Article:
Mandie Davis’s route to a better life began with a chance meeting with bariatric surgeon Dr. Louise Bacon.
Having emergency surgery to remove an inflamed gallbladder wouldn’t usually be considered a blessing, but for Mandie Davis, 39, it was. Davis liked her Providence Mission Hospital surgeon, Louise Bacon, MD, immediately, and that encounter in May 2021 gave her the impetus she’d been waiting for to explore weight-loss surgery.
“I thought, ‘Well, I’ve already had one successful surgery with Dr. Bacon,’ ” Davis recalls, “ ‘so I want to have my bariatric surgery done by her.’ She was a big factor in why I did it.” At her heaviest, Davis weighed 296 pounds, and when she consulted with Dr. Bacon she was just over 270 pounds, which meant a body mass index of 40. (A BMI of 30 or more is typically considered “obese.”) That qualified Davis as a candidate for weight-loss surgery.
Davis wasn’t overweight as a child but started gaining weight when she was in college and later went through a tough divorce, which caused her to do some stress eating and gain more weight. She was also diagnosed with polycystic ovary syndrome (PCOS), a hormonal disorder that makes someone more prone to add and hold on to extra pounds.
NO QUICK FIX
Although Davis was a good candidate for weight-loss surgery, Dr. Bacon explained that the process would involve many steps before the actual surgery took place. “We want to make sure we’re giving patients the tools they need to be successful,” the doctor says. These include a psychological assessment and group sessions to talk about eating habits, motivations and alternative coping strategies. Davis also met with a dietitian to learn how to improve her food choices.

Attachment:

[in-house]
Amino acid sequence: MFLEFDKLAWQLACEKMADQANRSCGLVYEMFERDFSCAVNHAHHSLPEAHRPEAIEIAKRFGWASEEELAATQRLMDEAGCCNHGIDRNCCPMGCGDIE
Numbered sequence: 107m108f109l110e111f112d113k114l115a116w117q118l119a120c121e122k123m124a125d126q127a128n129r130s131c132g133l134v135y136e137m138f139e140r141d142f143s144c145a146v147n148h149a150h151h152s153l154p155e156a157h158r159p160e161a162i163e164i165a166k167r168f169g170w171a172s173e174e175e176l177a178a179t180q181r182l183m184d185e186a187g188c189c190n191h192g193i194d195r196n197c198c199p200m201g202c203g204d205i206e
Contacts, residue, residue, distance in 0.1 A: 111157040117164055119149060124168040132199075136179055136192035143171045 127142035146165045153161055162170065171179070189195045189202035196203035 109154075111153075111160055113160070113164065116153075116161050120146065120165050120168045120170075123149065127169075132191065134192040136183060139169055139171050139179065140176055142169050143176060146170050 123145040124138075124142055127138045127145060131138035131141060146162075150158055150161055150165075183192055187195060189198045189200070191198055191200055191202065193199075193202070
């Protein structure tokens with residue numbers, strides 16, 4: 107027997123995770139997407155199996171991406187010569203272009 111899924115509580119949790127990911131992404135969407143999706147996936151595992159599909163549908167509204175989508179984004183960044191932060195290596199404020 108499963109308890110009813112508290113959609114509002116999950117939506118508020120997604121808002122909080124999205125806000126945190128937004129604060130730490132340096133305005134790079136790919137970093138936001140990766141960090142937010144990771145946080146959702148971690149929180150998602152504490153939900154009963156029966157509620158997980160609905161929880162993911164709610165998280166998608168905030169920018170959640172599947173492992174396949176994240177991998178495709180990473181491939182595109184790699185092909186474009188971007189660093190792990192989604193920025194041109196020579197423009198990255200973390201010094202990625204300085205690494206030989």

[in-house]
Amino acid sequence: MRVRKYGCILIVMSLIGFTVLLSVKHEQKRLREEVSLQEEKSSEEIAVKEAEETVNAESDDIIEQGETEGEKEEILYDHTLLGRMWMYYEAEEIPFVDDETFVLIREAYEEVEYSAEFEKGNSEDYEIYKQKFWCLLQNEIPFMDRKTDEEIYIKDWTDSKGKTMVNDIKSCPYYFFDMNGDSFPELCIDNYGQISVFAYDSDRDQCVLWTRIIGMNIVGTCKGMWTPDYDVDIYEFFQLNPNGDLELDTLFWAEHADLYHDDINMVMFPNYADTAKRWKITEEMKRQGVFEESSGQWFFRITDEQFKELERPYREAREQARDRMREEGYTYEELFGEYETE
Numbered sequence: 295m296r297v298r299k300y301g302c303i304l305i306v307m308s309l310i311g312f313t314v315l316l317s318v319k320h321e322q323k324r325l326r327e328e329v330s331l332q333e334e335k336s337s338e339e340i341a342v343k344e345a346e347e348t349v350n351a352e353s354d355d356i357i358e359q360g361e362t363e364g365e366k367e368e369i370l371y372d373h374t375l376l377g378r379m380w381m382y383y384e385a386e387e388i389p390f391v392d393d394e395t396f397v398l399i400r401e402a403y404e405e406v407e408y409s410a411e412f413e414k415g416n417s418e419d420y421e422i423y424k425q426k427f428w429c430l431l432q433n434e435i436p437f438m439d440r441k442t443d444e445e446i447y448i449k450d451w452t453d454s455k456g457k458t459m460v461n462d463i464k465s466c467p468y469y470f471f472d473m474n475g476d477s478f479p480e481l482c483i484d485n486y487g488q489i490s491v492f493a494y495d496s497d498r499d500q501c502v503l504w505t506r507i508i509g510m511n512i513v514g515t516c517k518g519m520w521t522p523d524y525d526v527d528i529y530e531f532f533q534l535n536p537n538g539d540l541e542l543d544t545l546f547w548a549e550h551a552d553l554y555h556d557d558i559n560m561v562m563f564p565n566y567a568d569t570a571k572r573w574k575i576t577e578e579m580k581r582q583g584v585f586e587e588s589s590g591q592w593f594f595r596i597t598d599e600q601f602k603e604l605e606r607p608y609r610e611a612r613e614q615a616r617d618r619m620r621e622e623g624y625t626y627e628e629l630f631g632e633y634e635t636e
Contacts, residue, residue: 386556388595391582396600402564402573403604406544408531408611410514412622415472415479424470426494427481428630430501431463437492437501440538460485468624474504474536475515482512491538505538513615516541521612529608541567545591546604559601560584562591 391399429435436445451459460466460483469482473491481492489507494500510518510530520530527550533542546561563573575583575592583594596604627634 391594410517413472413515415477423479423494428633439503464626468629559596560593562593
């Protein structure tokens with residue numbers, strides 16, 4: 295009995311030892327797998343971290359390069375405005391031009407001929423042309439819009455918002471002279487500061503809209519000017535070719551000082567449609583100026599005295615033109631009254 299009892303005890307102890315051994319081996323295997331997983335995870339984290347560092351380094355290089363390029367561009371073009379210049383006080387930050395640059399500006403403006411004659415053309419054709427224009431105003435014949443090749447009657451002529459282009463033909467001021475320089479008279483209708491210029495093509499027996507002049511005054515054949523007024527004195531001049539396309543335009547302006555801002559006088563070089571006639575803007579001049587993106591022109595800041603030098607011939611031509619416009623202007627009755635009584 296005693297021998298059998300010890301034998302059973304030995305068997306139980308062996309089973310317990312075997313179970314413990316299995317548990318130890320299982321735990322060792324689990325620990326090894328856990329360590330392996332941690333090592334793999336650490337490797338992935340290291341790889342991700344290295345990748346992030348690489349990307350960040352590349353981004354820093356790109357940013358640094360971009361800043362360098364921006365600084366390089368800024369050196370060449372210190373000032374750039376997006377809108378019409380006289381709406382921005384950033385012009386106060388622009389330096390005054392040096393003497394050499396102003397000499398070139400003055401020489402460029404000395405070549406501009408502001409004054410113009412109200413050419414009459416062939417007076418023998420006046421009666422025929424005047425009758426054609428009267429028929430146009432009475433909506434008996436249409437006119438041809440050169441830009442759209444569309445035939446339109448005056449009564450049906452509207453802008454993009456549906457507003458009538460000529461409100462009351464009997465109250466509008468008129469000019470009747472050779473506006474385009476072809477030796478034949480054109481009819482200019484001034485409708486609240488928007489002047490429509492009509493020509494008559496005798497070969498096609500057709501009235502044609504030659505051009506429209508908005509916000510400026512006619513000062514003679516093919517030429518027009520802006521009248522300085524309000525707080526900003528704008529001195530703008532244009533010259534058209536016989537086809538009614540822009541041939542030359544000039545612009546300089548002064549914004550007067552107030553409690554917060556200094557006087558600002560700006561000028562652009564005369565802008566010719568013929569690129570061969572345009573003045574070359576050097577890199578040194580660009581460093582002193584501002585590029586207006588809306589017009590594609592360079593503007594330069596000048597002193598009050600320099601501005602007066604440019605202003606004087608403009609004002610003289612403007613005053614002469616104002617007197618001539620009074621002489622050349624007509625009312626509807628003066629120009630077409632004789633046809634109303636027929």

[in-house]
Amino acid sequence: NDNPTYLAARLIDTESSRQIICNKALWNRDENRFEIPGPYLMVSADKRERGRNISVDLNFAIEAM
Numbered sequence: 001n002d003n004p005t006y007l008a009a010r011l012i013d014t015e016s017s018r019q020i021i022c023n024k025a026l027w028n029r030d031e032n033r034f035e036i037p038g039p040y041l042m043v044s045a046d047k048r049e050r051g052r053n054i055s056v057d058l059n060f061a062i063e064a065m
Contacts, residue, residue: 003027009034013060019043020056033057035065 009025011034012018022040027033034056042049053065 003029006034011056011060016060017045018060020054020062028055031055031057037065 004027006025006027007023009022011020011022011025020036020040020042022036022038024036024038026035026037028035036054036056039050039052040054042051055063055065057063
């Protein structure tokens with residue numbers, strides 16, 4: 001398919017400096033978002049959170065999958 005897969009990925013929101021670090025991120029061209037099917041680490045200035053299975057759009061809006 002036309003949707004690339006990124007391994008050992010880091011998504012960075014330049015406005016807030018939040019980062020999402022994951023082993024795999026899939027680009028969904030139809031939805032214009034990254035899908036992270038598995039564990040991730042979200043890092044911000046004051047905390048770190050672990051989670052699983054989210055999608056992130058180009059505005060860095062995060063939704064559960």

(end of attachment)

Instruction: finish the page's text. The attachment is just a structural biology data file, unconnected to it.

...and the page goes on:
“Everybody in Dr. Bacon’s program is so supportive,” she says. From Dr. Bacon’s point of view,“ Mandie is a dream bariatric patient. She took the process seriously— she wasn’t looking for a quick fix. She put the work in up front and she really did change her life. It’s so rewarding for me to see that.”
Dr. Bacon, who practices general surgery, performed a gastric sleeve procedure, aka sleeve gastrectomy, removing about 80% of Davis’s stomach permanently.
AN OMG MOMENT
Davis is now about one year out from her surgery and has lost 105 pounds. The biggest change for her, she says, is how being at a healthy weight has opened up the world and allowed her to share experiences with her 16-year-old daughter that she had been missing. “In the past, we’d go to theme parks together and I’d be too big for the rides,” Davis recalls. “Just to be able to go to the theater with my daughter and be able to sit comfortably in a seat at the Segerstrom [Center for the Arts] was an ‘Oh my gosh!’ moment.”
Another big surprise for her has been how much the surgery changed her food preferences for the better. Dr. Bacon explains that because the stomach produces the “hunger hormone” ghrelin in its inner lining, removing most of the stomach means less ghrelin and therefore less hunger. “There were a lot of foods that I didn’t like before that I’ll eat now, like green and red peppers,” says Davis. “And I used to be a huge sweets fan, but after the surgery I took a bite of a candy bar and said, ‘This is gross!’”
The weight loss has also improved Davis’s overall health. Her high cholesterol and restless sleep are gone, and her knee pain has let up enough for her to walk three or four miles a day, often with her dad. “I’m enjoying the quality time I get with him now,” she says.
She’s back in school, preparing to seek a nursing degree. “The surgery has been so life-changing that I have this pull to help others,” she explains. “I’m just so thankful.”
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